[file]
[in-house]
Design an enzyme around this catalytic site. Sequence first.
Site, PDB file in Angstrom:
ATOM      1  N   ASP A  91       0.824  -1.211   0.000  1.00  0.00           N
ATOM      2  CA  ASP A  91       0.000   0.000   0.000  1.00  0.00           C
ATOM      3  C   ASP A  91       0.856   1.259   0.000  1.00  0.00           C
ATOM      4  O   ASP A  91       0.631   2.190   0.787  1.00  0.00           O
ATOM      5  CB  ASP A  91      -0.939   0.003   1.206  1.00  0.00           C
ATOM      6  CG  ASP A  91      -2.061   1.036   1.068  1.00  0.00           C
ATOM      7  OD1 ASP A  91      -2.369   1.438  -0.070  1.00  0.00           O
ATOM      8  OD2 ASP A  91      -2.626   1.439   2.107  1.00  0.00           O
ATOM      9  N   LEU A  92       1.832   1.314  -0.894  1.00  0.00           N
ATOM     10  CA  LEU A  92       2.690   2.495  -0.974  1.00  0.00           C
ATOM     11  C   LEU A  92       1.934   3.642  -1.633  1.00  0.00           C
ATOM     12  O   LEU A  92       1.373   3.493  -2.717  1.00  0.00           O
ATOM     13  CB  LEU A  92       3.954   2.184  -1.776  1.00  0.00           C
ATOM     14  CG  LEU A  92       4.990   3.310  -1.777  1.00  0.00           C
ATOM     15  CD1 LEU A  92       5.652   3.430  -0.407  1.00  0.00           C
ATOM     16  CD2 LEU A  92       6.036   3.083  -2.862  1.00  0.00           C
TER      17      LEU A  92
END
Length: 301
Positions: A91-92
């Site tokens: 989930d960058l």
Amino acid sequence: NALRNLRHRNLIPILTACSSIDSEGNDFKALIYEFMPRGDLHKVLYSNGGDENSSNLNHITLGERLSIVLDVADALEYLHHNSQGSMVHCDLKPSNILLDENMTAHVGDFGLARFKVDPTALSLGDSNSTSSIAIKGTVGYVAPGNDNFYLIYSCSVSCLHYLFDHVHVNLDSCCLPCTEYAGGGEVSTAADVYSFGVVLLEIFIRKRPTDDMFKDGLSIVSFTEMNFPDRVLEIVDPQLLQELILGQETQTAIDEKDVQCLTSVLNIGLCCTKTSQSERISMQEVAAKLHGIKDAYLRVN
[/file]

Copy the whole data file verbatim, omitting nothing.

[in-house]
Design an enzyme around this catalytic site. Sequence first.
Site, PDB file in Angstrom:
ATOM      1  N   ASP A  91       0.824  -1.211   0.000  1.00  0.00           N
ATOM      2  CA  ASP A  91       0.000   0.000   0.000  1.00  0.00           C
ATOM      3  C   ASP A  91       0.856   1.259   0.000  1.00  0.00           C
ATOM      4  O   ASP A  91       0.631   2.190   0.787  1.00  0.00           O
ATOM      5  CB  ASP A  91      -0.939   0.003   1.206  1.00  0.00           C
ATOM      6  CG  ASP A  91      -2.061   1.036   1.068  1.00  0.00           C
ATOM      7  OD1 ASP A  91      -2.369   1.438  -0.070  1.00  0.00           O
ATOM      8  OD2 ASP A  91      -2.626   1.439   2.107  1.00  0.00           O
ATOM      9  N   LEU A  92       1.832   1.314  -0.894  1.00  0.00           N
ATOM     10  CA  LEU A  92       2.690   2.495  -0.974  1.00  0.00           C
ATOM     11  C   LEU A  92       1.934   3.642  -1.633  1.00  0.00           C
ATOM     12  O   LEU A  92       1.373   3.493  -2.717  1.00  0.00           O
ATOM     13  CB  LEU A  92       3.954   2.184  -1.776  1.00  0.00           C
ATOM     14  CG  LEU A  92       4.990   3.310  -1.777  1.00  0.00           C
ATOM     15  CD1 LEU A  92       5.652   3.430  -0.407  1.00  0.00           C
ATOM     16  CD2 LEU A  92       6.036   3.083  -2.862  1.00  0.00           C
TER      17      LEU A  92
END
Length: 301
Positions: A91-92
């Site tokens: 989930d960058l």
Amino acid sequence: NALRNLRHRNLIPILTACSSIDSEGNDFKALIYEFMPRGDLHKVLYSNGGDENSSNLNHITLGERLSIVLDVADALEYLHHNSQGSMVHCDLKPSNILLDENMTAHVGDFGLARFKVDPTALSLGDSNSTSSIAIKGTVGYVAPGNDNFYLIYSCSVSCLHYLFDHVHVNLDSCCLPCTEYAGGGEVSTAADVYSFGVVLLEIFIRKRPTDDMFKDGLSIVSFTEMNFPDRVLEIVDPQLLQELILGQETQTAIDEKDVQCLTSVLNIGLCCTKTSQSERISMQEVAAKLHGIKDAYLRVN